Donahue Updates SWCS Board On Budget

Every time Maureen Donahue looks at a calendar, the time that has passed since March 16 has never failed to amaze her.

“We are in January and it started with the shutdown on March 16,” the Southwestern Central School superintendent said during a meeting earlier this week.

“I just had a conversation with a parent earlier tonight and it’s really startling to think this is however many months old,” Donahue said. “There’s nothing novel about this anymore — we’re all kind of ready for it to be over and some of the things for our kids, one of the things I said to somebody was, ‘I’m not telling the kids ‘No’ anymore.’ There’s this whole academic piece, but there’s this whole social-emotional piece also.”

But despite the amount of time that has passed, one thing remains to be clear: the district’s budget situation. In the absence of federal aid, Gov. Andrew Cuomo has threatened a 20% cut in state aid to school districts and municipalities.

“It’s really going to take a toll on our budget this year,” she said. “We don’t know yet. On Monday, (Gov. Andrew Cuomo) did the State of the State, but no education issues were mentioned.”

Donahue told board members that the district, “little-by-little” has seen some budget reductions.

“March is our biggest aid payment that comes in and between now and March, something has to happen, because if they cut significantly out of the aid payment, we’re going to all feel a lot of pain,” she noted, explaining that district administration has “planned to feel some pain.”

“None of us want to feel that 20%,” she said. “There isn’t a district in New York state that can weather that.”

Donahue did say that schools “did get a little bit more money in the CARES Act and in the last stimulus package,” but cautioned that she didn’t know what that money would look like.

“We are encouraged that there was money with schools, you just have to be very careful and that if it’s a one-time shot of money, it’s like if you had $10,000 in your checking account that you have to live on every month and somebody gives you $1,000 and then you start living on that $1,000, you’re going to be in trouble,” she said. “We look at it every day. When the output reports come in, we immediately add to this.”

Some unexpected money has been withheld, however, she noted – notably excess cost aid that will not allow costs for one-on-one aids from March until June.

“The problem with that is, you have to hit a certain ceiling in order to qualify for stack money and that will push you down underneath the level for some of our kids,” she said. “Not only will we be losing money in one place, we’re probably going to lose money in another. Right now that’s looking like $66,000 for us and it probably could be more.”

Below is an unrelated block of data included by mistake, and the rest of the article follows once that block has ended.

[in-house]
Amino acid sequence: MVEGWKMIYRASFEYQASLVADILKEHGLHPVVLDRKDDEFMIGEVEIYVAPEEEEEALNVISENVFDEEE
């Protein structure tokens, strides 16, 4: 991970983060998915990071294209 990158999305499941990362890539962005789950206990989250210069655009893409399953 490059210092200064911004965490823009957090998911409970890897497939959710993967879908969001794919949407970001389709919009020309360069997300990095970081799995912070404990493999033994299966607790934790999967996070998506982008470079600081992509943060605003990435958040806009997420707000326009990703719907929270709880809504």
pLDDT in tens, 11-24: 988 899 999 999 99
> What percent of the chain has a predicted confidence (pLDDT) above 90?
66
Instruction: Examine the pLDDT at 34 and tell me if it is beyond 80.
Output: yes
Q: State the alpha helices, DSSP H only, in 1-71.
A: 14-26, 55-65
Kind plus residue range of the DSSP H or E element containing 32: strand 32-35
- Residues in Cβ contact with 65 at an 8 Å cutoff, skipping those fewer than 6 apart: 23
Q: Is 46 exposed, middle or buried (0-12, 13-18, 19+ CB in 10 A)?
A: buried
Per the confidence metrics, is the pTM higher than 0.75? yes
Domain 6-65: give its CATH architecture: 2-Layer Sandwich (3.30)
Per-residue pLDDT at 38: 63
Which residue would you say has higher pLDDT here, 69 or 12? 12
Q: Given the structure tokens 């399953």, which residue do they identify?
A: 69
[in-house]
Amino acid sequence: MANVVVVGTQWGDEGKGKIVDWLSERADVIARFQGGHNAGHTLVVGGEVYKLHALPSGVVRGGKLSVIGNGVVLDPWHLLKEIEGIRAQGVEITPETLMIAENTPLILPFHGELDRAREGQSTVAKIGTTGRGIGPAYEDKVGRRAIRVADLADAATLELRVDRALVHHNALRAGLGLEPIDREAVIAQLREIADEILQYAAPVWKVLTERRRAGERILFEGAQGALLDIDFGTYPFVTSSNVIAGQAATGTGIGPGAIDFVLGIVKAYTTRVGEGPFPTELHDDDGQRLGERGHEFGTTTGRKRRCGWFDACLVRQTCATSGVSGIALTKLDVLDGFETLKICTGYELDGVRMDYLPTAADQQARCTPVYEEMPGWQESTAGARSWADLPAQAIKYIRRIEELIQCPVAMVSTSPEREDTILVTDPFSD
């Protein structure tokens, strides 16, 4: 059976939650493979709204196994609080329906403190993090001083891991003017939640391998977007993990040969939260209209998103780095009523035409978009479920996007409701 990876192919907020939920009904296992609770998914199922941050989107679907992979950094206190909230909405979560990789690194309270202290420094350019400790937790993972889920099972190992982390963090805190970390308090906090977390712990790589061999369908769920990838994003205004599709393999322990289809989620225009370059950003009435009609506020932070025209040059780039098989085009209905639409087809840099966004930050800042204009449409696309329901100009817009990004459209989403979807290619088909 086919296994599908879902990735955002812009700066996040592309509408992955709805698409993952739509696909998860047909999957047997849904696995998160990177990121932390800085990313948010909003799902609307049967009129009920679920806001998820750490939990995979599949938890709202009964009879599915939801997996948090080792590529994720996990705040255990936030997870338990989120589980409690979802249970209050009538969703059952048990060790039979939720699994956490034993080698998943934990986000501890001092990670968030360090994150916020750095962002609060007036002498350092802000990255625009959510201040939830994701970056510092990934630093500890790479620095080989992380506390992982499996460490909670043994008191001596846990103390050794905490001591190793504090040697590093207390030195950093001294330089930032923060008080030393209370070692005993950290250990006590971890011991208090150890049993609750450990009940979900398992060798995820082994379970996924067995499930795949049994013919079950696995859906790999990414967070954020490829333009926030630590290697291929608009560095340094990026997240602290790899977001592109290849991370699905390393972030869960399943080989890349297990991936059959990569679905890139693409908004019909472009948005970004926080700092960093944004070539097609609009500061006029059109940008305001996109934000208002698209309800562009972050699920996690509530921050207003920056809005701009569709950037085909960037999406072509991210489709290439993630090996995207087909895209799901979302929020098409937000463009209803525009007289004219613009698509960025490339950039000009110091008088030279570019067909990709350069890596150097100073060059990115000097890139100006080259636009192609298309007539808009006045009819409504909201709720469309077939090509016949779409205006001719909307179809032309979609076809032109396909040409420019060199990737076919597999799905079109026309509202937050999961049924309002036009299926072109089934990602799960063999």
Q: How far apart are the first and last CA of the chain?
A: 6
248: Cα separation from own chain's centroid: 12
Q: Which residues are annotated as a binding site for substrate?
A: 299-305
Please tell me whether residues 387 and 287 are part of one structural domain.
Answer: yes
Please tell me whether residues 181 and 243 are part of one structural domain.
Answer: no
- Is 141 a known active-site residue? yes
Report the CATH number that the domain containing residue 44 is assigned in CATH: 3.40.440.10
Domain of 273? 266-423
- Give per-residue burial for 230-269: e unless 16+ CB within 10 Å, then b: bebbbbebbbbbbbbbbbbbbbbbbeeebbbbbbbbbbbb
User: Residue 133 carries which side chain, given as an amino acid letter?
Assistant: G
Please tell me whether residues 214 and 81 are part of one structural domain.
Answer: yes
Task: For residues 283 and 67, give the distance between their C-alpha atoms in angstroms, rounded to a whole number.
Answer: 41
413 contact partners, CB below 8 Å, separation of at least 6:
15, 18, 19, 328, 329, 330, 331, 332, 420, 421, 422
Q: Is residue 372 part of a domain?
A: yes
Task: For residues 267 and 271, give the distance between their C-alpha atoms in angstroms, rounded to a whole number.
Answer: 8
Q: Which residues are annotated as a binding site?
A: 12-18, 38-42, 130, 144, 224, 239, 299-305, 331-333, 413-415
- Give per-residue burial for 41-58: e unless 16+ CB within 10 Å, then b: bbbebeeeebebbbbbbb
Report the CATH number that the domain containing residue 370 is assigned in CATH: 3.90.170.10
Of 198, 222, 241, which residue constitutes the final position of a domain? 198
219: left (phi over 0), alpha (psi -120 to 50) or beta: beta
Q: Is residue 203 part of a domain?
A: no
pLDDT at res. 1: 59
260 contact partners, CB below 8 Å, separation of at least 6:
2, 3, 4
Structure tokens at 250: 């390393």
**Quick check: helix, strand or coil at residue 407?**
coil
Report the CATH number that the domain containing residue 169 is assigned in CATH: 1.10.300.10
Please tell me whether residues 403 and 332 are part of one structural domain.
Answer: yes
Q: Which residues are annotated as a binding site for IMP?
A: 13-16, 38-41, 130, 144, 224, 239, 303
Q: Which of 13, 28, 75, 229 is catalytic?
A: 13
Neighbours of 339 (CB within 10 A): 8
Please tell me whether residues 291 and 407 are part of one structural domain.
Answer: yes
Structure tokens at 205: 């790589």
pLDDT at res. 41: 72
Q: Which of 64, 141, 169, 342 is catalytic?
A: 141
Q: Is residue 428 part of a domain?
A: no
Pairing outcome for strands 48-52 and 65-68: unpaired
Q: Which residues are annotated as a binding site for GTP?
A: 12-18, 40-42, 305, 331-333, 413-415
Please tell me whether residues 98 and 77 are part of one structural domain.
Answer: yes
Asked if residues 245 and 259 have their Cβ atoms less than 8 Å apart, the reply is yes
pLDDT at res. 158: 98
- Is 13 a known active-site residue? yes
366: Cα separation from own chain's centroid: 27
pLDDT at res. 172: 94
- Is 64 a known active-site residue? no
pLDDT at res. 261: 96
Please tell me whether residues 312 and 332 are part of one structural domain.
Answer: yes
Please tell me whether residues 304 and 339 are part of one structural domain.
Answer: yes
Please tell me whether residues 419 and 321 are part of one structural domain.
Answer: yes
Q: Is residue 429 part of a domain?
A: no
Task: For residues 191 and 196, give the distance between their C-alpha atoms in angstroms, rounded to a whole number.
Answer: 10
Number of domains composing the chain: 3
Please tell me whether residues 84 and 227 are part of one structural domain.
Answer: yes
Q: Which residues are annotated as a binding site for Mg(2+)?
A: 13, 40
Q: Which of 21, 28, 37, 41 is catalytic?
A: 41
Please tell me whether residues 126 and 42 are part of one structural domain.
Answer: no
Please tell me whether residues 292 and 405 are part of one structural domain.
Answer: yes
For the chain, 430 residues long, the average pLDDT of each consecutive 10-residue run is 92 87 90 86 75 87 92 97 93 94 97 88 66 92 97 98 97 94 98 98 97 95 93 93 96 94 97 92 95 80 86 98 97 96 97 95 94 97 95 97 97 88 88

This withholding also comes months after districts found out that transportation aid would not be disbursed for the same months, despite the fact that bus drivers were still logging miles to deliver technology and meals to students.

“We had lost the transportation aid and we don’t know if that’s coming back,” she said. “We just had to do a survey and put in the costs that we did have doing that.”

During her superintendent’s report, Donahue also informed the board that the district’s building committee has started work to address its five-year study.

“We just got done doing this at the elementary and at the high school and at the middle school and really you probably think that we could be done for a while,” she said. “Well, I don’t think you’re ever done taking care of your school.”

She added, “I use this example a lot with folks, but on a given day we have 2,000 people on campus or more every day. When you put that many people through bathrooms and hallways and using things, you’re going to have wear and tear.”

Even throughout the COVID-19 pandemic, Donahue explained that 1,100 people are on-campus on any given day. Paired with a 20-plus year-old elementary school building, a football turf that is “at the end of its life,” and aging builders and roofs, there are still improvements to be made.

“You have to take care of your buildings,” she said. “Every year, we put these together, but one of the things we added and we’ll get into more detail, but you’re going to have to start wrapping your heads around repairs that need to be done.”

Donahue noted that the building aid ratio for the district is about 82.4%.

“Anything aidable, that’s what you would get,” she said. “It stabilizes your tax cap, you start to have your repair costs versus new or updated improvements. One of the things we’ll get into with the transportation part of the budget, but we now are trying to cycle our trucks.”

“Now is the time to get your heads wrapped around what you think we should do and what you think we shouldn’t do and get a number in your head that you think we should be going out for,” school board president Jim Butler said.

“The longer that we wait, the harder it is to change things,” he told the board. “We need to get that number solidified so we can get feet on the ground and say ‘Let’s get this going, let’s get this designed.’ It’s not only hard to change it later on, but it’s expensive to change it. We never get everything right. No one gets a project completely right. There’ll be some changes, but we want to get ahead of those. It’s time to do our homework.”


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